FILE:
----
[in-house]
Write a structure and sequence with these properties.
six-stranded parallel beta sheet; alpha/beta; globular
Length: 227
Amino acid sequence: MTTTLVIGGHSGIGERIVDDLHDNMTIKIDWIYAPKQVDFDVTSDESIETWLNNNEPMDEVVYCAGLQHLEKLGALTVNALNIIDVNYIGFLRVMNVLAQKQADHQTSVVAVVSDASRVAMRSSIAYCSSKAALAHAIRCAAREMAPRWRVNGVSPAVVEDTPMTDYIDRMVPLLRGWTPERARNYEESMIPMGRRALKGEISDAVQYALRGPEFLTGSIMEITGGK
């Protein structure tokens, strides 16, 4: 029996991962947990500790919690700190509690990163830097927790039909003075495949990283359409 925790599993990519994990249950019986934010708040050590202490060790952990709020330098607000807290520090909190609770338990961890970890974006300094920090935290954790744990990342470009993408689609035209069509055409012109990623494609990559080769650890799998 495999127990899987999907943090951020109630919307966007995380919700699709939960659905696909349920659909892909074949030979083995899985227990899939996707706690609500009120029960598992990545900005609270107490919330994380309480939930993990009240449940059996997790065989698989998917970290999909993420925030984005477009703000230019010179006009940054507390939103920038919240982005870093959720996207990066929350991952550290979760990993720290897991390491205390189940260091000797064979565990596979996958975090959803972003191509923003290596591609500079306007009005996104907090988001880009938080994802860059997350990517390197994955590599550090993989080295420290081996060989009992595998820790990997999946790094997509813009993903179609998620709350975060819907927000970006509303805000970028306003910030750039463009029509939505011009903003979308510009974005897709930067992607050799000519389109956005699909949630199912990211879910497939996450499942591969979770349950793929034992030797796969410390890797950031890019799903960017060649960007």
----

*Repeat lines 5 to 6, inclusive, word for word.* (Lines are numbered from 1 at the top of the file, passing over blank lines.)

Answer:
Amino acid sequence: MTTTLVIGGHSGIGERIVDDLHDNMTIKIDWIYAPKQVDFDVTSDESIETWLNNNEPMDEVVYCAGLQHLEKLGALTVNALNIIDVNYIGFLRVMNVLAQKQADHQTSVVAVVSDASRVAMRSSIAYCSSKAALAHAIRCAAREMAPRWRVNGVSPAVVEDTPMTDYIDRMVPLLRGWTPERARNYEESMIPMGRRALKGEISDAVQYALRGPEFLTGSIMEITGGK
């Protein structure tokens, strides 16, 4: 029996991962947990500790919690700190509690990163830097927790039909003075495949990283359409 925790599993990519994990249950019986934010708040050590202490060790952990709020330098607000807290520090909190609770338990961890970890974006300094920090935290954790744990990342470009993408689609035209069509055409012109990623494609990559080769650890799998 495999127990899987999907943090951020109630919307966007995380919700699709939960659905696909349920659909892909074949030979083995899985227990899939996707706690609500009120029960598992990545900005609270107490919330994380309480939930993990009240449940059996997790065989698989998917970290999909993420925030984005477009703000230019010179006009940054507390939103920038919240982005870093959720996207990066929350991952550290979760990993720290897991390491205390189940260091000797064979565990596979996958975090959803972003191509923003290596591609500079306007009005996104907090988001880009938080994802860059997350990517390197994955590599550090993989080295420290081996060989009992595998820790990997999946790094997509813009993903179609998620709350975060819907927000970006509303805000970028306003910030750039463009029509939505011009903003979308510009974005897709930067992607050799000519389109956005699909949630199912990211879910497939996450499942591969979770349950793929034992030797796969410390890797950031890019799903960017060649960007």